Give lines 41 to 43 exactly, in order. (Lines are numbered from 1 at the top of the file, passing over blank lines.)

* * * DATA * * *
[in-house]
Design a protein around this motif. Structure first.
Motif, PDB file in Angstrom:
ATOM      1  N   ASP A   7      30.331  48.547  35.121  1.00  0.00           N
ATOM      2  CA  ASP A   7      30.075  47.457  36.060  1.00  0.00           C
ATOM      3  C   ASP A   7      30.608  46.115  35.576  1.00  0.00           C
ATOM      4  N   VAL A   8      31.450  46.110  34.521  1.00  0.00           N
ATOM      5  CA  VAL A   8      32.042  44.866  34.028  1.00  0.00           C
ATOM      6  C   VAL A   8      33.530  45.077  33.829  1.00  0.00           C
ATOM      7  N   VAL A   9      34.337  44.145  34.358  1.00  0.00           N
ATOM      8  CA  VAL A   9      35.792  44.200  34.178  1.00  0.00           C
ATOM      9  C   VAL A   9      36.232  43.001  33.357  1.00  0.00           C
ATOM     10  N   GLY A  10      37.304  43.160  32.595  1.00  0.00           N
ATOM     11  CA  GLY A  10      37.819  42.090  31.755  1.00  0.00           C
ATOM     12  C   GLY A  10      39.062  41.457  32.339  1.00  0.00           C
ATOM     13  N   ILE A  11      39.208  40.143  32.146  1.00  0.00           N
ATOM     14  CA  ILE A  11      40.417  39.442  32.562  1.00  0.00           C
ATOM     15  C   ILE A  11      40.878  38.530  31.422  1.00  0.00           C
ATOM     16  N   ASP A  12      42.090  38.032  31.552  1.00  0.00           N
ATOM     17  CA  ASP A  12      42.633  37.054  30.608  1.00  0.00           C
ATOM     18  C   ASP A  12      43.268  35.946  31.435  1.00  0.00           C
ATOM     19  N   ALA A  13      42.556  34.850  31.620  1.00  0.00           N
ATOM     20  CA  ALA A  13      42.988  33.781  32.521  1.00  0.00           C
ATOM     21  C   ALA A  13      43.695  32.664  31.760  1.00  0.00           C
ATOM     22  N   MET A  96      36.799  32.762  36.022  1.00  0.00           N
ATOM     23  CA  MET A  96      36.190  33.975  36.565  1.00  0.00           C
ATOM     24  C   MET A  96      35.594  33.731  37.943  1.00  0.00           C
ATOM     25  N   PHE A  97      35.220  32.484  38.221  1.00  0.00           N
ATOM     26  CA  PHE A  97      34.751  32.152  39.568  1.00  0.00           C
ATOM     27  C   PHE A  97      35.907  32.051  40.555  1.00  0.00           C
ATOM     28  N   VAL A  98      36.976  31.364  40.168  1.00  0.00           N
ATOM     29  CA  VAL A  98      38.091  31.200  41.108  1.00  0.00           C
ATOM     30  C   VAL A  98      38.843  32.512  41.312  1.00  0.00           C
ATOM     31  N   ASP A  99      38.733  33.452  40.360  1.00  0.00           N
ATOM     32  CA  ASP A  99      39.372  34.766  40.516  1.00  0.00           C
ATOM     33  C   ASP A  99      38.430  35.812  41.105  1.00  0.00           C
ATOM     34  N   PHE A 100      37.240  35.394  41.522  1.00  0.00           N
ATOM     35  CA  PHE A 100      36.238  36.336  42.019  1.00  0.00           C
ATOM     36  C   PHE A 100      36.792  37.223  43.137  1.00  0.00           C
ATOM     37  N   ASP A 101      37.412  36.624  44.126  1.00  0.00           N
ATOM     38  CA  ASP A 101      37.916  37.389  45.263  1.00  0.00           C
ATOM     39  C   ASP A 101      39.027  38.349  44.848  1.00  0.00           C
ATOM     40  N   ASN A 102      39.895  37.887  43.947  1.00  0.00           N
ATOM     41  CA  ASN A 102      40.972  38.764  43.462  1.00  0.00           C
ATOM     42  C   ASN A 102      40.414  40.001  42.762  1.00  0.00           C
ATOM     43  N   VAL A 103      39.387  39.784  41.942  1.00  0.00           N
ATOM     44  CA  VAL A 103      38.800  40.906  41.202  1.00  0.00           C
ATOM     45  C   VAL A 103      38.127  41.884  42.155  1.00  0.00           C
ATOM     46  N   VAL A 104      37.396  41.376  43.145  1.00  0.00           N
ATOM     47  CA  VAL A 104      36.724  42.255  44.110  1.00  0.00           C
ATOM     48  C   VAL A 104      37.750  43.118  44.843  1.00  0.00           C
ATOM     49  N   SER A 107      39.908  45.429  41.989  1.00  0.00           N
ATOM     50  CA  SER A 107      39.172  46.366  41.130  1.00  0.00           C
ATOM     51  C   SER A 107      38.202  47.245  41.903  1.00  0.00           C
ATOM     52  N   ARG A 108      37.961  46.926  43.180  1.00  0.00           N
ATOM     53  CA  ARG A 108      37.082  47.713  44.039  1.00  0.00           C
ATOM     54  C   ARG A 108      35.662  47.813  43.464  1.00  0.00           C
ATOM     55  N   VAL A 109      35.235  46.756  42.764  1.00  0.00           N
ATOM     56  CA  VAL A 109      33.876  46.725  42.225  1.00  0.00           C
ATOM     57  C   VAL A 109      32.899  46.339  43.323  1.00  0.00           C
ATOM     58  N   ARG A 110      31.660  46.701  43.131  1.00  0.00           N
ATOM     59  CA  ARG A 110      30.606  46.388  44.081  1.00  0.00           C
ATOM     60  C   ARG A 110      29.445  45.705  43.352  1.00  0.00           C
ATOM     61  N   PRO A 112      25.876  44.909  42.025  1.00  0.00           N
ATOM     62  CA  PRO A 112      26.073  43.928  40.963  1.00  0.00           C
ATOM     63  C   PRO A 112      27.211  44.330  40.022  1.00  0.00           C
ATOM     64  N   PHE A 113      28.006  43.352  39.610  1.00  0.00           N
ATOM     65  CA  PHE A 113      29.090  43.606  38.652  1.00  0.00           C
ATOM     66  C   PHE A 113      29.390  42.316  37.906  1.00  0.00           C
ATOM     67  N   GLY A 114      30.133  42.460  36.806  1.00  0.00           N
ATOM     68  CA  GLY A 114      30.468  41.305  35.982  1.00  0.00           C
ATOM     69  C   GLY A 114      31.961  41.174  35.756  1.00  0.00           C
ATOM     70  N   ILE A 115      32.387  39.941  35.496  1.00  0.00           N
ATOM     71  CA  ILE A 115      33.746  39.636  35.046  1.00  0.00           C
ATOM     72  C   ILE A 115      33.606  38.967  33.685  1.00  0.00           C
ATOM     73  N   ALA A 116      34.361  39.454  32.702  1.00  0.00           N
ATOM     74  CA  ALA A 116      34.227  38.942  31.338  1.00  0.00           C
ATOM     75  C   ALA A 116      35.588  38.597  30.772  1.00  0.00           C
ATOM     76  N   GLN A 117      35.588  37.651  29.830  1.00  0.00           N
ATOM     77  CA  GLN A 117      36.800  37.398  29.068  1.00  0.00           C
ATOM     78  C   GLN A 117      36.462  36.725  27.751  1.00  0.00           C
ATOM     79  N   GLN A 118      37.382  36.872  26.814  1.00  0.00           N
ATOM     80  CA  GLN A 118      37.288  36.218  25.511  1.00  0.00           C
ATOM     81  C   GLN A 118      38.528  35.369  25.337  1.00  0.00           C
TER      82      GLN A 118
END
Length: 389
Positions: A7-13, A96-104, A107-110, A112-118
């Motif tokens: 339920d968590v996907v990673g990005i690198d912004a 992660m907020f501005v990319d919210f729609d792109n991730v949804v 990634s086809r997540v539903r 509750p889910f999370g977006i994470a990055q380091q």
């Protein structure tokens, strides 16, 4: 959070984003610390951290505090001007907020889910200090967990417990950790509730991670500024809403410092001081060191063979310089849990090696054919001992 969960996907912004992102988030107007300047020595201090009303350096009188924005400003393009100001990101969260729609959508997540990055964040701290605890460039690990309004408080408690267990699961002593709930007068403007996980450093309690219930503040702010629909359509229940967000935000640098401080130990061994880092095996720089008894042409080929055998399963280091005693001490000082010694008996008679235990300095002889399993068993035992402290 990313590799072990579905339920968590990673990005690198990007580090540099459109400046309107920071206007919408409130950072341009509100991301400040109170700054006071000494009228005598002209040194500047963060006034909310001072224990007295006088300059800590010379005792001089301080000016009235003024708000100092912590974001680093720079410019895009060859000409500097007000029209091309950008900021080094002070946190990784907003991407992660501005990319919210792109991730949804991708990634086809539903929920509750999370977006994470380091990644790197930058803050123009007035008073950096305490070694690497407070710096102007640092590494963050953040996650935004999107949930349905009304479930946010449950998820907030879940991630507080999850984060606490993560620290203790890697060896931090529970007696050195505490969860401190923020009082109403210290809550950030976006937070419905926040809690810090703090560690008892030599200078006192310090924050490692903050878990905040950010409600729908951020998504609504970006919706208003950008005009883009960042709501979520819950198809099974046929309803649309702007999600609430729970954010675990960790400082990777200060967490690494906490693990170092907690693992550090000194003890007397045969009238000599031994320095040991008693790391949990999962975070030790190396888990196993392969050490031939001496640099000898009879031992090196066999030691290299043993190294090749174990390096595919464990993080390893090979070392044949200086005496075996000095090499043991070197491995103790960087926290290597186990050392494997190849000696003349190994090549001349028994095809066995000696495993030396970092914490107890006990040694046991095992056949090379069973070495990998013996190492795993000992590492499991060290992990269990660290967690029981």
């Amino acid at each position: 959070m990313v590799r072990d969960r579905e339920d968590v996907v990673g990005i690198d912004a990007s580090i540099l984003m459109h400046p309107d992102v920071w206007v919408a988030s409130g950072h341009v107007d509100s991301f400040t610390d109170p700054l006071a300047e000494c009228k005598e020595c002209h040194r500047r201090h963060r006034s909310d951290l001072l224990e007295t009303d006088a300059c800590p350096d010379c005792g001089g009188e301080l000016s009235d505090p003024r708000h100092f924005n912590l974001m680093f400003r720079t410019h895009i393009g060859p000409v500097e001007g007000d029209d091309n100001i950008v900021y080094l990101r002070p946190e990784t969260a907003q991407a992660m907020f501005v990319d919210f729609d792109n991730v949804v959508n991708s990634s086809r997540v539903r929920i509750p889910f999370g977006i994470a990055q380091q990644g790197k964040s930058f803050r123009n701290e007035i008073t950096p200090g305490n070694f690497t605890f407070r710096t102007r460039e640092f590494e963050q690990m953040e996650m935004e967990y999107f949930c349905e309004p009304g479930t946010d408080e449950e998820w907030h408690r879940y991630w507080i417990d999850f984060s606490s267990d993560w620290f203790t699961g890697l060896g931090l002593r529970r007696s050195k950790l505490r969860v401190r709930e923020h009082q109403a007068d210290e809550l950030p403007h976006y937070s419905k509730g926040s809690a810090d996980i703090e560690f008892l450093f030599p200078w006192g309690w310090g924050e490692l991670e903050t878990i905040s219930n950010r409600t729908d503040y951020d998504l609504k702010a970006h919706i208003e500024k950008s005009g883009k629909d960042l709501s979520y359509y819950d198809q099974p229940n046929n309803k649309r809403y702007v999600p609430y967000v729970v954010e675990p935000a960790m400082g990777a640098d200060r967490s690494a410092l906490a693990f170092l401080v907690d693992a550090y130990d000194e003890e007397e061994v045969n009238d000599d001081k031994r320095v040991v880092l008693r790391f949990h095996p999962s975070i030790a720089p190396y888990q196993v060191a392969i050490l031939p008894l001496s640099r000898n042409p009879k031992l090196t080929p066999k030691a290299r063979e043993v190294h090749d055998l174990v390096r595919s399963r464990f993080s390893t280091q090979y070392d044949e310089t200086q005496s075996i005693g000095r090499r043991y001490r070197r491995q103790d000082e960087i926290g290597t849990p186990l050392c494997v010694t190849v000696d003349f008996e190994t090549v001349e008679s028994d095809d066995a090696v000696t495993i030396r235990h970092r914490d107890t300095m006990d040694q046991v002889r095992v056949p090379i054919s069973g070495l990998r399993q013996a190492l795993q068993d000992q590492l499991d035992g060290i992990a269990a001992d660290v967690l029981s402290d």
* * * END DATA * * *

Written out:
ATOM     38  CA  ASP A 101      37.916  37.389  45.263  1.00  0.00           C
ATOM     39  C   ASP A 101      39.027  38.349  44.848  1.00  0.00           C
ATOM     40  N   ASN A 102      39.895  37.887  43.947  1.00  0.00           N